In March of 2009, I interned there as a texture artist working alongside other interns remotely. We were working on an educational game called It’s Your Choice. I textured a few simple low-poly buildings. The internship was only a month long, and after that, I was back on working on animations and finishing school.

On the art test, they wanted me to time myself on how long I worked on it, UV mapping the meshes and laying them out. It was the top right building on the left most image. The meshes were combined and I spent way too long trying to UV map them in a way that it was organized, and I knew the time altogether was too ridiculous. I remember finally using the separate tool later on the test, that made it easier for me to UV map the meshes. I ended up redoing it overnight and the time collected on that was more realistic. In the end, I didn’t include the whole time I screwed up early on.

I graduated in May 2009 with no jobs lined up. I applied for an unpaid internship in June that only lasted for a week or two. I was promised that I’d be doing 3D work but I mostly ended up doing graphic design work. It was also located pretty far from me and it being unpaid meant that the situation was tenuous. I continued job hunting and volunteered on a few indie games.

It was a very odd time for myself. Like many, I graduated with a degree and ended up struggling to find work. To ease the stress of my situation, I would hang out with some of my college friends. We all graduated around the same time with similar degrees, so we all took solace that we were in the same boat.

I was usually the drummer or the bass on Rockband.

I was still getting job listings from my college, even after graduation. In June, I saw a job opening for an Art Internship at Sony Computer Entertainment America in San Diego. Having already graduated, I wasn’t sure if I’d qualify as an intern. I sent my resume to the Career Services at Platt College anyway. They sent it to the Recruitment Manager at Sony. In the end, I was offered the internship!

ModNation Station and The difficulties of QA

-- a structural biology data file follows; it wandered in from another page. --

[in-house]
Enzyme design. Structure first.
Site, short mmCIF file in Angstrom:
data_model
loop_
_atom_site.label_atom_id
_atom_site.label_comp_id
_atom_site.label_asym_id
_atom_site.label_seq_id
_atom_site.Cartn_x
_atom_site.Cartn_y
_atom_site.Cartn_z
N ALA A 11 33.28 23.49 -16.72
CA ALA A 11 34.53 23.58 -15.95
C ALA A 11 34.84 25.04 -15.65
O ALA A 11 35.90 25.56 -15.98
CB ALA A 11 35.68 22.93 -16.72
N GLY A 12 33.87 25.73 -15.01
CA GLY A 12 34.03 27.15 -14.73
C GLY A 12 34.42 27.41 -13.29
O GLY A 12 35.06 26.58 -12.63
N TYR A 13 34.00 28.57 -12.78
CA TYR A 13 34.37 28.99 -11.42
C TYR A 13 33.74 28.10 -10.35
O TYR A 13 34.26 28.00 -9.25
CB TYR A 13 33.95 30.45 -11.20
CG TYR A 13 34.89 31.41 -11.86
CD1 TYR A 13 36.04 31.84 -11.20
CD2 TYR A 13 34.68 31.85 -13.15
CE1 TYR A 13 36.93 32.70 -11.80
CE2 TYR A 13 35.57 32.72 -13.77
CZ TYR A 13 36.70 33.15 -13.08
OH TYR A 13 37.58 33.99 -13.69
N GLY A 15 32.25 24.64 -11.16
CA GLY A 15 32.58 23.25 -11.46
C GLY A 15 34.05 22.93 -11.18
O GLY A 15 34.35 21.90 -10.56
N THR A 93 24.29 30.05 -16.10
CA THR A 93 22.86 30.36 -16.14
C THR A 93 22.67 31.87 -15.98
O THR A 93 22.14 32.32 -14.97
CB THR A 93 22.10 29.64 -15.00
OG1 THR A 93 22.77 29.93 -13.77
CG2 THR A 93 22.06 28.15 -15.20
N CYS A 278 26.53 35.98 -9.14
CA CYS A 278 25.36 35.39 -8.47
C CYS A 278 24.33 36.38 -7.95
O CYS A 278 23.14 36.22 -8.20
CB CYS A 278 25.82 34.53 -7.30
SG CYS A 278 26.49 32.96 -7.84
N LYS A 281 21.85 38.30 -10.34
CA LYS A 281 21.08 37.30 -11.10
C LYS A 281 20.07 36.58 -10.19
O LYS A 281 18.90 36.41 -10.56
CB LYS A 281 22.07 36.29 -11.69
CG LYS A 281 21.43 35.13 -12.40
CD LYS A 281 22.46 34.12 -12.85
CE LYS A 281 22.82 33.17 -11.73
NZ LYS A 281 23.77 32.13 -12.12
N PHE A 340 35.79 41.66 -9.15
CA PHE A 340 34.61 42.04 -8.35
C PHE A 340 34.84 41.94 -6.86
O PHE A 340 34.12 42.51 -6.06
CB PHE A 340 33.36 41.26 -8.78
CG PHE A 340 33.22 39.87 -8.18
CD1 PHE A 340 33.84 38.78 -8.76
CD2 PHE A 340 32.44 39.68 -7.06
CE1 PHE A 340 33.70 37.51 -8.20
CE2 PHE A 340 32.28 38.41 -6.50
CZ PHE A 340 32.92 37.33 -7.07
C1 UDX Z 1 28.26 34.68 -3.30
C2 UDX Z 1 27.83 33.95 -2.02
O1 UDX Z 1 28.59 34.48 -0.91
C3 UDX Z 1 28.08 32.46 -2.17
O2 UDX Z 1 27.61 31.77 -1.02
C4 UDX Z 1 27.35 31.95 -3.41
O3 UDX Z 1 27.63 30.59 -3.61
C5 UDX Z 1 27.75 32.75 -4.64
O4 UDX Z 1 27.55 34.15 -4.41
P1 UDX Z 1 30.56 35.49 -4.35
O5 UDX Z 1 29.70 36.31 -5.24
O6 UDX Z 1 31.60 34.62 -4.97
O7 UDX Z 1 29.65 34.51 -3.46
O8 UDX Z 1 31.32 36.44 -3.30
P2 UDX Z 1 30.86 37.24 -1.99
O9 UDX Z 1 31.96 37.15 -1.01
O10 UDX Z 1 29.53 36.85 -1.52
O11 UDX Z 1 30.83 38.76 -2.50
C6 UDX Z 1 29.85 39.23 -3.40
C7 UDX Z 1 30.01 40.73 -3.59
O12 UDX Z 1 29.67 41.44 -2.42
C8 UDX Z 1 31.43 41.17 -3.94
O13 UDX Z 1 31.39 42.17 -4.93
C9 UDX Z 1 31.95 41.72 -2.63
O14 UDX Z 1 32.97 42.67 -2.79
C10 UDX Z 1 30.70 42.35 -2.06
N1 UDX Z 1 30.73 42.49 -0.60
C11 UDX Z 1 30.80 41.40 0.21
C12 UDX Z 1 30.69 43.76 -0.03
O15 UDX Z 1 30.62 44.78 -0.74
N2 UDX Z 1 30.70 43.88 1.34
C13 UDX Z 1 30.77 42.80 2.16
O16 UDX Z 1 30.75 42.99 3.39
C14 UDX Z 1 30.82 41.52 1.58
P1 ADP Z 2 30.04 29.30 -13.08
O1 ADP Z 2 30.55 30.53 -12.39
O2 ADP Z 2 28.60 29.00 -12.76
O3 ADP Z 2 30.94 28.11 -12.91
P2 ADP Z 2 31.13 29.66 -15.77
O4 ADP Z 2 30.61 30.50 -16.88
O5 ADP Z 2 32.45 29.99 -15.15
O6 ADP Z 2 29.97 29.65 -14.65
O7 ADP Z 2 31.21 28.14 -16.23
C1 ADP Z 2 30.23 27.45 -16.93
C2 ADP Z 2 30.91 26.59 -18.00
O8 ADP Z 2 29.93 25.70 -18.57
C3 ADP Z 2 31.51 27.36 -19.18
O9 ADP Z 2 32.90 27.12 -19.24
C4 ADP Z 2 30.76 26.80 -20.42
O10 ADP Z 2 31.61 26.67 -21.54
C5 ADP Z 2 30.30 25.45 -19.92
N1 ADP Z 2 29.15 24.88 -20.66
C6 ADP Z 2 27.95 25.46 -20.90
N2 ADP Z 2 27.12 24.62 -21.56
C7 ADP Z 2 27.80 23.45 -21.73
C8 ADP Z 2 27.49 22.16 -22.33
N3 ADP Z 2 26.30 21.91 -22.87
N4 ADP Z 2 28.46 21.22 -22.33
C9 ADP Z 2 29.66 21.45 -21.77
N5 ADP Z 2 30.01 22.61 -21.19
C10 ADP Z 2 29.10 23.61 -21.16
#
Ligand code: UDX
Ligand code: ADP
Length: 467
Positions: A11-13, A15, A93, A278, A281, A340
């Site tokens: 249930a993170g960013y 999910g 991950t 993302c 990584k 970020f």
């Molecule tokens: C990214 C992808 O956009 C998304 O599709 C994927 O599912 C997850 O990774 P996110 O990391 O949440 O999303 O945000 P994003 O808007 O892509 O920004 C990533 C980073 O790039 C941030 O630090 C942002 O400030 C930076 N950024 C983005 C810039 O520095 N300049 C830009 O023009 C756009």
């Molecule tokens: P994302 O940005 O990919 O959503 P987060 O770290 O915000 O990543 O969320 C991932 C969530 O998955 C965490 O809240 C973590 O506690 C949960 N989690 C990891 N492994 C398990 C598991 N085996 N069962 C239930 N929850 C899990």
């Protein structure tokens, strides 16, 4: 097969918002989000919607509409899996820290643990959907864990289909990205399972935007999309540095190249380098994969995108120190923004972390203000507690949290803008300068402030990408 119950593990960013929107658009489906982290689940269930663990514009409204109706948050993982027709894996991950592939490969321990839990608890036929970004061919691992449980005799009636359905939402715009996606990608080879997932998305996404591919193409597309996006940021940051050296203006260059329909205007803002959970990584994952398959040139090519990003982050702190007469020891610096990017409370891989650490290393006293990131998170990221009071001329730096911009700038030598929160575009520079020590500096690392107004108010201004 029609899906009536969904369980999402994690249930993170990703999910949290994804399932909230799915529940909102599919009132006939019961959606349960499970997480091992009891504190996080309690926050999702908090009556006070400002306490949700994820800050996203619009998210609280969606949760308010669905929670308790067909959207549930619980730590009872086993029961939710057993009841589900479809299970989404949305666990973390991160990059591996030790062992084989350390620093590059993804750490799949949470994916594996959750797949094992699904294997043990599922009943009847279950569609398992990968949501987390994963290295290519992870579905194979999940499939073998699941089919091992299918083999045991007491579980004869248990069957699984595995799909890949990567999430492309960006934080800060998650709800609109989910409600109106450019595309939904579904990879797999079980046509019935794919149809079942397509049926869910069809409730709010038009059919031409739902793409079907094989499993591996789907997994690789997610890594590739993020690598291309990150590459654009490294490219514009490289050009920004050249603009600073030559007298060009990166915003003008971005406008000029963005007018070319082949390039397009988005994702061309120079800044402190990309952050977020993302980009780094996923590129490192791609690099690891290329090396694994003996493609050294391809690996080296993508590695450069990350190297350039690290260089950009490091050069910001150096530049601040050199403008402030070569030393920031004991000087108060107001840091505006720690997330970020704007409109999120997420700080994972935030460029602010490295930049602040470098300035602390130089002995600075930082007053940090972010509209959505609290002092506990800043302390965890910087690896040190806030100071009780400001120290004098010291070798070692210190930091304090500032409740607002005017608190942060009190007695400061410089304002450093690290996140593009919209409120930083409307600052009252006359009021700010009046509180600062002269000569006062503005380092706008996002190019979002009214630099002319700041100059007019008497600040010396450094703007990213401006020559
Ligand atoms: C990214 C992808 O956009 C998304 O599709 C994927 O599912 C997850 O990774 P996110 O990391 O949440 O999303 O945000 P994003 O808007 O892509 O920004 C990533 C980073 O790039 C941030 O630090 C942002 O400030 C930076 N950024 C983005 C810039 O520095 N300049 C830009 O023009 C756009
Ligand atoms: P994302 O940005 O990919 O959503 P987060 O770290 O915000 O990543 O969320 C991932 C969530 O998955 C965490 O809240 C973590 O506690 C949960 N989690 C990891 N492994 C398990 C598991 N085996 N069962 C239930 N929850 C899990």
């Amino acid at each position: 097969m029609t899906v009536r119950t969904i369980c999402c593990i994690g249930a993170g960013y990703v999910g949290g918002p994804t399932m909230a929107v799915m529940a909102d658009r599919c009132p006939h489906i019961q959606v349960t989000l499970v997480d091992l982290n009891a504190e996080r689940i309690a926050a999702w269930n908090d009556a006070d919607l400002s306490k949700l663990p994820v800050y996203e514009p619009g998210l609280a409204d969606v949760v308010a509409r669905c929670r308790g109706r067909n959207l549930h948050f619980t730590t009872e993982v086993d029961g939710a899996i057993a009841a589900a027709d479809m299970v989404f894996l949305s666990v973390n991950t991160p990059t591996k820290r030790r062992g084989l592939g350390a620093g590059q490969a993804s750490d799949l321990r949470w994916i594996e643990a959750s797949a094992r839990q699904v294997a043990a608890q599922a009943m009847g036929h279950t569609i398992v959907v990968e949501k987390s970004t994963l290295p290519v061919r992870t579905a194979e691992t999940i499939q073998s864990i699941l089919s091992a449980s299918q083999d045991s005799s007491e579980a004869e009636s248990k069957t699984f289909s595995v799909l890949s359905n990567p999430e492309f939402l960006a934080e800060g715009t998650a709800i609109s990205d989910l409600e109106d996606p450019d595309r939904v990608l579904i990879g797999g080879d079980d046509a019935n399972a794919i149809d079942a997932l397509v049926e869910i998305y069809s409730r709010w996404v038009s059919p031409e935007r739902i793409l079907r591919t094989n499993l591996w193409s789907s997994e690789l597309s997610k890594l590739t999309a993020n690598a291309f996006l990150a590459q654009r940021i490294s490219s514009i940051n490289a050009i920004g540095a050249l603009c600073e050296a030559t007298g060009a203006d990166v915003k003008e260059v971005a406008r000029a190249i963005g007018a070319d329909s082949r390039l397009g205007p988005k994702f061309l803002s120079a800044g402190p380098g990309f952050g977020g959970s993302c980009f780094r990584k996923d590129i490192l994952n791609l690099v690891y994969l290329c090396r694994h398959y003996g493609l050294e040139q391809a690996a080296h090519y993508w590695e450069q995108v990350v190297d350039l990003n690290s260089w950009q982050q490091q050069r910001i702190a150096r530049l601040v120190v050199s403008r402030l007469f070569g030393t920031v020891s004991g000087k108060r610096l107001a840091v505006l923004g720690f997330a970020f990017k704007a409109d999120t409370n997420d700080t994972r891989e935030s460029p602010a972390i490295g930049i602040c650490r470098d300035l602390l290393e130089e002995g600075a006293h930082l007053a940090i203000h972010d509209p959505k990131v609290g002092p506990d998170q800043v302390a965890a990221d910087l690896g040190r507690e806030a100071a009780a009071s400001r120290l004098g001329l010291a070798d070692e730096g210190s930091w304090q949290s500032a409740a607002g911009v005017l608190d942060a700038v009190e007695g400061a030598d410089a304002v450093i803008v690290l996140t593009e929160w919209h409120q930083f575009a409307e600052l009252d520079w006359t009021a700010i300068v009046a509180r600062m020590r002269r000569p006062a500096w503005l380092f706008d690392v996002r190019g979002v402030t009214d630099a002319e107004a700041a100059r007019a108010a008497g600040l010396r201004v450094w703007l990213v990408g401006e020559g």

This internship was one of the best experiences I’ve ever had. I worked on optimization of ModNation Racers for the PSP. Being in an actual game development studio and working with the dev team had me obsessed. I took the opportunity to speak with many of the developers around me. The best advice I had were from guys like Andrei Booriakin, Greg Newton, Darrell Abney, Steve Paulsen, Bryan Johnson, and Ryan Benjamin.

I remember during my internship I never really checked my emails under my work email address until near the end. There were some events for interns that I totally missed out on, but it was fine.

The internship lasted until October 2009, and I was hoping that I would be brought on full-time, but I wasn’t. I remember my Art Manager, Andrei Booriakin, telling me on my last lunch with the team to focus more on environments and props.

I took that to heart, and slowly drifted from working on animations to working on environments and props. Part of me wanted to also try out game testing at Sony. Darrell Abney, one of the Character Artists there who use to work in QA at EA, warned me about the overtime and difficulty in finding time to work on portfolio art. He was still supportive. I think he understood where I was coming from. I ended up getting and taking the job. There weren’t any 3D Artist jobs available in the city that I would’ve been qualified for with the portfolio that I had at the time.

The transition from an art internship to QA was so odd. It was an eye-opener seeing how it was at the studio. I did have a chance to work with testers that I eventually worked with at Legend 3D, like Brendan Llave and Marc Taganas.

I started working in QA/Game testing at Sony in late November of 2010. I didn’t really see what Darrell Abney meant until I experienced heavy overtime myself. Once that happened, getting back to working in a studio, and even trying to keep up to date with the game development scene in general was grueling. I ended up testing a multitude of games for Sony. I also worked on the Online Moderation for several online-multiplayer games. I would attempt to do freelance art on the side, but often times the schedule at Sony would cause me to either drop out of projects or get very behind. It was a grind.

I want to say the iPhone gaming market saved my career around this time, because before that, the barrier to entry to get experience in game development was a little rough.

In August of 2010, I ended up quitting my job in QA at SCEA. I didn’t know where my career was heading. I felt burnout juggling time with freelance and working at Sony. I wanted to focus more on my portfolio and freelance. I had been working and would continue to work freelance with Armistice Games, a client I managed to hold on to while working at Sony. The work was slowly picking up after their first title, SPA 124th, was released.

Legend 3D

It took almost no time for me to start work at Legend 3D as a Stereo Compositor after I left Sony. I converted feature films to stereoscopic 3D. It wasn’t exactly what I wanted to be doing, but at the time it was one of the few art-related jobs out there and the studio was hiring a bunch of artists. Many of them were recent graduates from several art schools in the area.

This was probably my first job that was permanent, and not under contract, which was a good change of pace. The QA job at SCEA was under a contract through an agency.